More Country and Country Rock
- This STUNNING copy of the band’s sophomore release boasts Shootout Winning Triple Plus (A+++) sound from start to finish
- This vintage pressing has huge amounts of Tubey Magic, a strong bass foundation, and plenty of space around the guitars and voices – man, that is our sound!
- This is the second-best sounding Eagles record of all time, no doubt thanks to their brilliant engineer and producer, Glyn Johns
- “A solid country-rock classic… the music stands the test of time, especially when Desperado is heard in its entirety, from start to finish.”
Acoustic guitar reproduction is key to this recording, and on the best copies the harmonic coherency, the richness, the body and the phenomenal amounts of Tubey Magic can be heard in every strum.
This vintage Asylum pressing has the kind of Tubey Magical Midrange that modern records rarely BEGIN to reproduce. Folks, that sound is gone and it sure isn’t showing signs of coming back. If you love hearing INTO a recording, actually being able to “see” the performers, and feeling as if you are sitting in the studio with the band, this is the record for you. It’s what vintage all analog recordings are known for — this sound.
If you exclusively play modern repressings of vintage recordings, I can say without fear of contradiction that you have never heard this kind of sound on vinyl. Old records have it — not often, and certainly not always — but maybe one out of a hundred new records do, and those are some pretty long odds.
What the Best Sides of Desperado Have to Offer Is Not Hard to Hear
- The biggest, most immediate staging in the largest acoustic space
- The most Tubey Magic, without which you have almost nothing. CDs give you clean and clear. Only the best vintage vinyl pressings offer the kind of Tubey Magic that was on the tapes in 1973
- Tight, note-like, rich, full-bodied bass, with the correct amount of weight down low
- Natural tonality in the midrange — with all the instruments having the correct timbre
- Transparency and resolution, critical to hearing into the three-dimensional space of the studio
No doubt there’s more but we hope that should do for now. Playing the record is the only way to hear all of the qualities we discuss above, and playing the best pressings against a pile of other copies under rigorously controlled conditions is the only way to find a pressing that sounds as good as this one does.
What to Listen For on Desperado
Too many instruments and voices jammed into too little space in the upper midrange during the loudest passages. When the tonality is shifted-up, even slightly, or there is too much compression, there will be too many elements — voices, guitars, drums — vying for space in the upper area of the midrange, causing congestion and a loss of clarity.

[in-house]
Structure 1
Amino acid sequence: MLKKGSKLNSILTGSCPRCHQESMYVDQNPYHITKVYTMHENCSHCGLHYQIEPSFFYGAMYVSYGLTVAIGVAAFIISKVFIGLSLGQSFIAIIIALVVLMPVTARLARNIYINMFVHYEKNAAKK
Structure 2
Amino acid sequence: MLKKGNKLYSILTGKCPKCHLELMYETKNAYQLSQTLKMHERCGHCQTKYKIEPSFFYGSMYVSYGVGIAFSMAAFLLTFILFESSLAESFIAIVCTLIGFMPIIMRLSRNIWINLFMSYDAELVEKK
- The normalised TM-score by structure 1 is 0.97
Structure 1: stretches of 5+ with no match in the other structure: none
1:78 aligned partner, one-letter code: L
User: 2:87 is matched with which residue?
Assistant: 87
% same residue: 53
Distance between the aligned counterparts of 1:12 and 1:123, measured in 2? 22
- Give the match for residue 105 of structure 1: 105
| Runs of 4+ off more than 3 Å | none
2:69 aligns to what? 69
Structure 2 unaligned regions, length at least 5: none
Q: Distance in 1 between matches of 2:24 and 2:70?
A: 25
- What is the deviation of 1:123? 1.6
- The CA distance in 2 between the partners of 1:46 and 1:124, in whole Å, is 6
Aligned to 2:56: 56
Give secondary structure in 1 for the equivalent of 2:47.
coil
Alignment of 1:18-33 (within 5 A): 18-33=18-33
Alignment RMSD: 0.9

With the smoother, more solid sounding copies, the lower mids are full and rich; above them, the next “level up” so to speak, there’s plenty of space in which to fit all the instruments and vocals (lead and backing) comfortably, without having to pile them up one on top of another as is so often the case with densely mixed pop recordings. On the better copies, the upper midrange does not get overwhelmed and congested with too many elements fighting for too little space.
What We’re Listening For on Desperado
- Energy for starters. What could be more important than the life of the music?
- Then: presence and immediacy. The vocals aren’t “back there” somewhere, lost in the mix. They’re front and center where any recording engineer worth his salt —Glyn Johns in this case — would put them.
- The Big Sound comes next — wall to wall, lots of depth, huge space, three-dimensionality, all that sort of thing.
- Then transient information — fast, clear, sharp attacks, not the smear and thickness so common to these LPs.
- Tight punchy bass — which ties in with good transient information, also the issue of frequency extension further down.
- Next: transparency — the quality that allows you to hear deep into the soundfield, showing you the space and air around all the instruments.
- Extend the top and bottom and voila, you have The Real Thing — an honest to goodness Hot Stamper.
A True Super Disc (Second Only to the First Album in that Respect)
Of course, the best sound on an Eagles record is found on the first album. For whatever reason, that record was left off the TAS Super Disc list, even though we feel that both musically and sonically it beats this one by a bit.
On the TAS Super Disc List, Harry Pearson recommends the British SYL pressings for this album. SYL pressings can sound very good; we’ve previously found one that rated a Double Plus on both sides. But our champions for both sides were both domestic, both this time and last time.